Can You Be Evicted as Soon as You Stop Paying Rent?

Tenants have some protections when it comes to evictions. Most leases provide a small grace period for late rental payments, usually within a couple of days from the due date. If you go beyond that, however, landlords are usually allowed to charge a late fee, so long as that term was included in the lease. In many states, a landlord has to wait a set amount of time before they can start the eviction process, usually a couple of days to a couple weeks or so. They have to provide you with notice that if you don’t pay or move out on your own within a set amount of time, that they will begin the eviction process. If it progresses to an eviction, they have to take you to court and a judge must decide to grant the eviction. An actual eviction isn’t valid unless a judge issued it.

When Is My Landlord Allowed to Raise the Rent?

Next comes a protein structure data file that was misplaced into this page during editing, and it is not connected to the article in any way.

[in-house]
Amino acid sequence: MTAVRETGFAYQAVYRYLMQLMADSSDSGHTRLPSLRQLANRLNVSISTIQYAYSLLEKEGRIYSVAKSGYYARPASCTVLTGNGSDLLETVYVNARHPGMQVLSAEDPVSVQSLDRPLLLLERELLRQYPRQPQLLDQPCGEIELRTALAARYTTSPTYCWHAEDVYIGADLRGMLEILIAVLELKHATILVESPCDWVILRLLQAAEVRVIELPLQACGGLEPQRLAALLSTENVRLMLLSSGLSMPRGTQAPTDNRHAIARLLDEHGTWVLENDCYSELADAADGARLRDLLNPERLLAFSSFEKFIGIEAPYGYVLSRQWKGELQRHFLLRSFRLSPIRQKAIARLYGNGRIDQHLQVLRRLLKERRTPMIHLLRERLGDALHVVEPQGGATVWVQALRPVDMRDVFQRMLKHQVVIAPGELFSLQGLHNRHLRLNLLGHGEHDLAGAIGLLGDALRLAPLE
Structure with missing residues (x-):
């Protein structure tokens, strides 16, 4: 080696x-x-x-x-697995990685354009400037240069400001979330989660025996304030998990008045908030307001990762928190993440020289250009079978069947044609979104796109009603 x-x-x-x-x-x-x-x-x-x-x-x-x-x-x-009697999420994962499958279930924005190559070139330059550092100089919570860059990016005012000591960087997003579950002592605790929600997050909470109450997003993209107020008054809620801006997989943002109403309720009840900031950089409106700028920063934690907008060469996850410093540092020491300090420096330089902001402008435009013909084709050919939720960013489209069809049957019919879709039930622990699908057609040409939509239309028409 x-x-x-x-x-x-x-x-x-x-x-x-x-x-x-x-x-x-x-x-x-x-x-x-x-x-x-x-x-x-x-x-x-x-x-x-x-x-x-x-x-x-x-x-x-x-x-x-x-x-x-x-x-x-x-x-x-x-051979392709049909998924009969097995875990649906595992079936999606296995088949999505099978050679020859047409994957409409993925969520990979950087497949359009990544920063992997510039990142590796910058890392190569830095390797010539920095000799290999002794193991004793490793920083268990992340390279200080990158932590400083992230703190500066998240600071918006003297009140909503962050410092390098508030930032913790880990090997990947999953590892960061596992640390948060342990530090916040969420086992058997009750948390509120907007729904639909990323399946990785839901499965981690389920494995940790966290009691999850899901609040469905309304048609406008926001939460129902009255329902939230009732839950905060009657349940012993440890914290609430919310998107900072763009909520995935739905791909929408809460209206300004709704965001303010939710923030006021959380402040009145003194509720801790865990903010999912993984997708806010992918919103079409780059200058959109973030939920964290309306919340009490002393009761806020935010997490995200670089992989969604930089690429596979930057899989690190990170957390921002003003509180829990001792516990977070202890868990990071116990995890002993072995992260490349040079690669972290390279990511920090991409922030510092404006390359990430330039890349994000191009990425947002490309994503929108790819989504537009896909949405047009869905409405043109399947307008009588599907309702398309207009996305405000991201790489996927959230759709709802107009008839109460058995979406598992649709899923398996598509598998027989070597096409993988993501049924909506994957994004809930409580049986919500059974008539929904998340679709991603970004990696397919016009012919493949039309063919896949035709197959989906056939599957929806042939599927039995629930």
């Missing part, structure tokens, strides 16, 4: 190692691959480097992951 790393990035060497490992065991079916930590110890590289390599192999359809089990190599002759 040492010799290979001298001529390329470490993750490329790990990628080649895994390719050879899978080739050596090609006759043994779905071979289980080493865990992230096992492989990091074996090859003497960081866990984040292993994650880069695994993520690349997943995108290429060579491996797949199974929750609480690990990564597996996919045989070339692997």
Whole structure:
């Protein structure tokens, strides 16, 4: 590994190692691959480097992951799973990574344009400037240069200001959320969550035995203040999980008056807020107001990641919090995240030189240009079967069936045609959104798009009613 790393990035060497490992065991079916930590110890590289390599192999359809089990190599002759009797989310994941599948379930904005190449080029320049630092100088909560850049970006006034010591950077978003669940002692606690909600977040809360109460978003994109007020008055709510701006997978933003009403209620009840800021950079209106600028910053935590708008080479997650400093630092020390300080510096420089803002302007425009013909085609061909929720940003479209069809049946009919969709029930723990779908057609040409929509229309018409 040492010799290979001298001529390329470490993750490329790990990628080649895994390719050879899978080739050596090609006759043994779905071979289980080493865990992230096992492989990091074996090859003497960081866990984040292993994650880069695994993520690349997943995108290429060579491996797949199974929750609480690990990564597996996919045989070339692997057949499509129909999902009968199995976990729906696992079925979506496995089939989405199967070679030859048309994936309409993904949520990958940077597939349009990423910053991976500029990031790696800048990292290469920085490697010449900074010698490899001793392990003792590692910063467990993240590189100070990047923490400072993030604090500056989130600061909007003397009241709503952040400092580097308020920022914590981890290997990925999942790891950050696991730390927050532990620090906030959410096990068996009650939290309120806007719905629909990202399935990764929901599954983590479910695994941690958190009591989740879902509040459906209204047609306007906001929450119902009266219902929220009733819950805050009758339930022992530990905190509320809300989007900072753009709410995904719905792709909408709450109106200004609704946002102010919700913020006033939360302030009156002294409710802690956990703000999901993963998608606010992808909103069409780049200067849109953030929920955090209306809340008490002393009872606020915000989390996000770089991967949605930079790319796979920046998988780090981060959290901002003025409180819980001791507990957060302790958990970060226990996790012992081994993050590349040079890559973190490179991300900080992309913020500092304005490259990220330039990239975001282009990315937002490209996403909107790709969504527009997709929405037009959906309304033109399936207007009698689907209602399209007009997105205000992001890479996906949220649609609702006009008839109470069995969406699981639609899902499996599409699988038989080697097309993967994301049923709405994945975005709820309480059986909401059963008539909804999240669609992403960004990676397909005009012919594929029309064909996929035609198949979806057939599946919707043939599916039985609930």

Landlords generally can’t raise your rent while you’re already in a lease cycle. If you’ve signed a year-long lease, your rent can’t go up three months in. But when you go to renew, your landlord is typically allowed to change the price of rent. They must give you “proper notice” of the increase in advance, which may vary by local jurisdiction or the terms of your lease. If you’re on a month-to-month lease, the state determines how much notice your landlord must provide before an increase can go into effect.

How Much Notice Does a Landlord Have to Give for a Tenant to Move Out?

Each jurisdiction sets their own rules on how much notice a landlord has to give before requiring a tenant to move out. This timeline may be impacted by the reason to vacate, like if it’s an eviction or if the landlord just doesn’t want to keep renting out that space. A common notice period for a non-eviction order to vacate is 30 days before the tenant is expected to leave. In some places it may be as little as a week or as long as two months, depending on the type of lease you signed. Landlords often have the freedom to increase the amount of notice they give, but not decrease it.